This nice graphic tracks a revolution in how people order pizza over the years. If you have a pizzeria better make sure you are up to date on techniques to avoid leaving money on the table!
thanks to restaurantbusinessonline.com
Restaurant Industry News: Darden restaurant group, the world’s largest full service restaurant company, with approximately 6.3 billion in annual sales, announced its fourth-quarter earnings this past Friday.
(Update on analyst reaction today from Nation’s Restaurant News…)
Olive Garden and Red Lobster, Darden’s largest casual dining brands, are aimed at middle class customers. They are slumping in sales, and Darden is in the process of selling Red Lobster. Meanwhile, Darden’s high end brand Capital Grille is doing the best out of all its concepts. This article views these developments as a symptom of weakness in the US economy due to the growing concentration of wealth among society’s wealthy top few percent. Is the middle class dying off along with mid-scale sit down restaurants?
I think it is more complicated than that, and Darden’s sales fluctuations are primarily due to the relative theme appeal of each restaurant concept. For example, Longhorn Steakhouse which is mid-scale was up in sales, although traffic and profits dropped.
But overall industry trends show mid-market consumers “trading down” from sit down casual dining to cheaper fast casual outlets such as Chipotle and Panera and even down to QSR fast feeders like Subway and Taco Bell. How much of that trend is driven by shrinking middle class paychecks, how much is better marketing, service and theme relevance by Fast Casual and QSR, and how much is cultural with the quickening pace of American life, especially for younger demos?
There have been a growing number of analyses that widening wealth disparity between the top and bottom earners in society is a drag on our economy, is that something to be considered? Consumer spending is 70% of economic activity, driven primarily by the middle class. Food for thought.
Restaurants banning kids, charging more for brats, etc. Good or bad ideas?
Check it out and join the ranting in comments.
I’ve read several rants against food truck regulations in Chicago, DC and other cities, which limit food trucks from selling near buildings containing restaurants.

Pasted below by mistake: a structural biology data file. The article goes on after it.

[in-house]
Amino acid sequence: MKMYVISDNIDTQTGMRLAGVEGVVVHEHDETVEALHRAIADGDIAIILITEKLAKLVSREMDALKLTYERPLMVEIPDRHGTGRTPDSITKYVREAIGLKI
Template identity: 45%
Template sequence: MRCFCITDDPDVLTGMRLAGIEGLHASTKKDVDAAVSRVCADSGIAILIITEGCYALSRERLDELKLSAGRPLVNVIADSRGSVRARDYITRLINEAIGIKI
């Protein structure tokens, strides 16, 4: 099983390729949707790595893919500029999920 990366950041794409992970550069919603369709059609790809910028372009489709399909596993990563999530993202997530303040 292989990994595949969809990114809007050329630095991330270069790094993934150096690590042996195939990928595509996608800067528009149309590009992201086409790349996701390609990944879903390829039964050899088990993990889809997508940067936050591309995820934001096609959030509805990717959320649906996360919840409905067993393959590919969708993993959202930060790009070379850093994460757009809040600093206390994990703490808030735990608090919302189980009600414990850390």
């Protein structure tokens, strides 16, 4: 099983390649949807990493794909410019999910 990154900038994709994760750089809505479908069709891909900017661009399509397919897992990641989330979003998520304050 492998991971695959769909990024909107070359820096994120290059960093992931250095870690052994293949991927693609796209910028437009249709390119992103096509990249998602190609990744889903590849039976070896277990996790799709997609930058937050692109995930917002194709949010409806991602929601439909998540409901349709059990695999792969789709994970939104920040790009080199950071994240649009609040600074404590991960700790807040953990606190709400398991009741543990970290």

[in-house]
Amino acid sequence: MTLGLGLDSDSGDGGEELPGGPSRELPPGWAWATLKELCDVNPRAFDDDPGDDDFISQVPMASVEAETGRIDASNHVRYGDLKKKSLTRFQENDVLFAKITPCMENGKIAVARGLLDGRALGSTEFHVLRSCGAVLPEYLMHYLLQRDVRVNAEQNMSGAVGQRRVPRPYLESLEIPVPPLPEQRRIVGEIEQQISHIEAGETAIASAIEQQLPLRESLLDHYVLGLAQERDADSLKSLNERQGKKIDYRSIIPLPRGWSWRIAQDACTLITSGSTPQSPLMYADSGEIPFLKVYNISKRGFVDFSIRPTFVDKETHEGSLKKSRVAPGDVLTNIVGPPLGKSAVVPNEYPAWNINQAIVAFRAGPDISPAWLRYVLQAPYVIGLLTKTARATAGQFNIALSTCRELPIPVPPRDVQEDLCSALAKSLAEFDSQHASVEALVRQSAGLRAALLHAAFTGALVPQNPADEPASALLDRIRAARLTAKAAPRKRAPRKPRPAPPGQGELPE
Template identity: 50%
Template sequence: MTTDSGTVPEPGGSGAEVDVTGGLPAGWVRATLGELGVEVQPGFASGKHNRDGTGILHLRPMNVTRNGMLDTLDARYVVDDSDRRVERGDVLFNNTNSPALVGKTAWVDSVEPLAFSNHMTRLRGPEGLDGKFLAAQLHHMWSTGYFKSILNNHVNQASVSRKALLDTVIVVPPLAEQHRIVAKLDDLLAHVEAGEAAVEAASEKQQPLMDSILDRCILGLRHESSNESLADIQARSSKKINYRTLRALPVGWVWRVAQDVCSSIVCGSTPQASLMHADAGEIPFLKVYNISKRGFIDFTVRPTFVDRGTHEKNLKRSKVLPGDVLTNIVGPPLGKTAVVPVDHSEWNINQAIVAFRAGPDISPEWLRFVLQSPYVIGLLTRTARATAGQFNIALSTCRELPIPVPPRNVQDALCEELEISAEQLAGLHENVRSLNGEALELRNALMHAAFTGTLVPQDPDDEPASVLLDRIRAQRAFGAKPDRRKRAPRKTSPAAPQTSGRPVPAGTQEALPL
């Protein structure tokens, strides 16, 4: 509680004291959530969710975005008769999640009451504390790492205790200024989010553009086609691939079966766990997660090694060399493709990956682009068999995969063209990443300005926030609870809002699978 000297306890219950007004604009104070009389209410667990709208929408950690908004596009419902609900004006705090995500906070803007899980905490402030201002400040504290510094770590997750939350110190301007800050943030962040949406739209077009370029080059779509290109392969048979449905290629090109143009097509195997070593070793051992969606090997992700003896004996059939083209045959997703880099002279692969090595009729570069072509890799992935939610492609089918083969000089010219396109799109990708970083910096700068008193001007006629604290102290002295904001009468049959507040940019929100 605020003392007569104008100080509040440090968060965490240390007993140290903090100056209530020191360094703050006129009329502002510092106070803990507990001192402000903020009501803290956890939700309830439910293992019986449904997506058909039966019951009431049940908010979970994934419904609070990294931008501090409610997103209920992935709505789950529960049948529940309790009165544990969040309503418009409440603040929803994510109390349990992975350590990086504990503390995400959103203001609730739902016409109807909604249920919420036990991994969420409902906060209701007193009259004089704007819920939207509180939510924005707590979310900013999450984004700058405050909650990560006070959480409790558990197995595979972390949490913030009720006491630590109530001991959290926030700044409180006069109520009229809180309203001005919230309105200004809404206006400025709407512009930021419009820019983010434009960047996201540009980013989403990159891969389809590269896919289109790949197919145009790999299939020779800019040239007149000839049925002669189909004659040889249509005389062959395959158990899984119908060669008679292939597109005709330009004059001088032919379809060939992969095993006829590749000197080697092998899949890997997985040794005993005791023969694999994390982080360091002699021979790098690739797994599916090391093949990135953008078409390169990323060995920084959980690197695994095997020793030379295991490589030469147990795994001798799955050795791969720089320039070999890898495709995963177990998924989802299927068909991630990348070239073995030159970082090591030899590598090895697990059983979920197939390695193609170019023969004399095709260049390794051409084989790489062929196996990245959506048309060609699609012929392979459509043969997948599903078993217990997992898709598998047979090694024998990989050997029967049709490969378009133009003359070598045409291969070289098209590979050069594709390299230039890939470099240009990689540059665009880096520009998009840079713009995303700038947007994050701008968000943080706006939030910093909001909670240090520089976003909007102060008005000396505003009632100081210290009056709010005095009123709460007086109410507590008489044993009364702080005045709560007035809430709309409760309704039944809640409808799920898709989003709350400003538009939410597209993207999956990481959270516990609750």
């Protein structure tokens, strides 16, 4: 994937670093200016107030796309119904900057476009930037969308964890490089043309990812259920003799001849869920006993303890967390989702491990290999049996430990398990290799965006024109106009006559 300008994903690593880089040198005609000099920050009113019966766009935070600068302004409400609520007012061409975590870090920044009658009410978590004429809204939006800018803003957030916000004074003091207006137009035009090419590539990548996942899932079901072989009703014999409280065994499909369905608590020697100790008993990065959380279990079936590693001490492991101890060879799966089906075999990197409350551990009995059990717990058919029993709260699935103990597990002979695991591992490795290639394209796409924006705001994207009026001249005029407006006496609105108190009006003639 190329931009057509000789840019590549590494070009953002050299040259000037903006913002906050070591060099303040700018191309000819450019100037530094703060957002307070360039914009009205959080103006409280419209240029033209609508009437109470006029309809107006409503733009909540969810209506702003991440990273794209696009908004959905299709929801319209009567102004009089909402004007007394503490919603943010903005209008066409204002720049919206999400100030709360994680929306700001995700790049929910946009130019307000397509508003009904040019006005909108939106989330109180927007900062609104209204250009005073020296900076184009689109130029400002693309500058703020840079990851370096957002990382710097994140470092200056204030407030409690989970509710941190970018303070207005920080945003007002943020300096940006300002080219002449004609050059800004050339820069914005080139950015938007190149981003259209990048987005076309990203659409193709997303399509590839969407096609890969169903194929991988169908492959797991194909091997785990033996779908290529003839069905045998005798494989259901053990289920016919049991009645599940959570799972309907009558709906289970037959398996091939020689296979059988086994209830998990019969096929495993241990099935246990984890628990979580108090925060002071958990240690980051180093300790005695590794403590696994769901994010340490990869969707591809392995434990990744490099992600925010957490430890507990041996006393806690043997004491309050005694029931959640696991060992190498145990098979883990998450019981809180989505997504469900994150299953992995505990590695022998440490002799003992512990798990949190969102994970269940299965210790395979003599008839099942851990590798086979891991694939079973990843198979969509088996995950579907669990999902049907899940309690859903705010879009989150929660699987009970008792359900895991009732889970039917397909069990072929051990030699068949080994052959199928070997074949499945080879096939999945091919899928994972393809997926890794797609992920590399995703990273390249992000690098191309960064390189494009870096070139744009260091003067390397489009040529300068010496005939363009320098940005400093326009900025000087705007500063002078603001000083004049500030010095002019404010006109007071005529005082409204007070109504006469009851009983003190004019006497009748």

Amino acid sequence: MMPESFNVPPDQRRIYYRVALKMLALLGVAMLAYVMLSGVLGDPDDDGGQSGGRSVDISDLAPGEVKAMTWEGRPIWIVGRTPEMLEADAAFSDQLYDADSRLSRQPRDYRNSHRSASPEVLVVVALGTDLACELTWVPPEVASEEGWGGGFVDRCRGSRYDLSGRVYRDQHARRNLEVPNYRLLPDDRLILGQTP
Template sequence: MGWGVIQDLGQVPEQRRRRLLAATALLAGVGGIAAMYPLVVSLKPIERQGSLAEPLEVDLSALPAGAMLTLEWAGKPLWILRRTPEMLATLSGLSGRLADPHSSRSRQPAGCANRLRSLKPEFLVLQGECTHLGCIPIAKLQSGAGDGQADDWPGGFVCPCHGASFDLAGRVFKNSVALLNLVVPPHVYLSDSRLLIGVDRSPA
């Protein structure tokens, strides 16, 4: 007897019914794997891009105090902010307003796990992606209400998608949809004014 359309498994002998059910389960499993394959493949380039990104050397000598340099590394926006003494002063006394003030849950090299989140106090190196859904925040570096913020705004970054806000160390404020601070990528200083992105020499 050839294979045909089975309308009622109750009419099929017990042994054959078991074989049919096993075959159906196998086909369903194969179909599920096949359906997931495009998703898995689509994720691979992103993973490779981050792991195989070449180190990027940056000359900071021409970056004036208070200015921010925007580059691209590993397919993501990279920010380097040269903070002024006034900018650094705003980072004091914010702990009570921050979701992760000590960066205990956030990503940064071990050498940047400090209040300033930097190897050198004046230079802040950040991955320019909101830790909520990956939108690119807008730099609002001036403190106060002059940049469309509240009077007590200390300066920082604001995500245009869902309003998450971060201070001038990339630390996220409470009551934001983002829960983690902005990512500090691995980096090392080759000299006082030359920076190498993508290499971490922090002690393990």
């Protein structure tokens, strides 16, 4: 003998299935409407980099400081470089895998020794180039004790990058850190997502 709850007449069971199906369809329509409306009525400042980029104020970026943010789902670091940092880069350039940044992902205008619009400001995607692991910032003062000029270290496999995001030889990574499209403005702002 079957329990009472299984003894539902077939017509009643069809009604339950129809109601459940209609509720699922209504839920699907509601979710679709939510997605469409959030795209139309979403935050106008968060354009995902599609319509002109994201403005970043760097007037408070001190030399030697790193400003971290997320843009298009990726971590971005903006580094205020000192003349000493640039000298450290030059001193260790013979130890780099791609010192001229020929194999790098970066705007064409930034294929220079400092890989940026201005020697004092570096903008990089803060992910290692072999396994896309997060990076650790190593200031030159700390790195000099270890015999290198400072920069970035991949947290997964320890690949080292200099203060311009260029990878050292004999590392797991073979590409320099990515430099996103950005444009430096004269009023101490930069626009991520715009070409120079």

Writers including this think tank dude and this political pundit apparently think using public streets rent-free to undercut restaurateurs who rehab buildings and pay property taxes is libertarian free enterprise. Somehow I doubt cities or pundits would favor me pulling up in a U-Haul and selling TVs on the street outside a Best Buy, or dropping pallets of fertilizer on the sidewalk in front of Home Depot, intercepting people on their way to those retailers. There’s no difference between that and parking your cupcake truck in front of a local bakery. It would be closer to a level playing field if food trucks paid the equivalent tax burden of a “brick and mortar” business, provided consistent employment for a comparable number of local residents, provided restrooms, cafe seating and the other amenities that restaurants provide. But instead we have numerous start-up sites that say stuff like this: “With lower overhead costs and greater mobility, a food truck can be an exciting opportunity…”
Why would a city want to bet on a fad, making it easier for food trucks to congest already crowded city streets, hurting restaurants that make long term community investments to turn empty storefronts into public attractions? If the neighborhood starts to slide, food trucks can drive away to another city or location; they have no commitment to a neighborhood or community.
By squatting on taxpayer-maintained public streets, food trucks are the farthest thing from a free market case study. They need to be prevented from piggy backing on the entrepreneurs that build healthy city dining districts. The Chicago rules, DC proposals and other regulations are not government favoritism toward established restaurants, but simply a way to level the playing field. If food trucks can survive by bringing food service to unique locations, they are creating value on their own, but not by poaching traffic in existing restaurant districts built by tax paying long term operators.
If food trucks can’t make it without being parasites, they should die off as a short term fad, without taking our vibrant business districts down with them.
Thousands of made-to-order pizza restaurants are planned nationally as chefs and entrepreneurs try to whet the appetite of a growing market for customized, Chipotle-style parlors.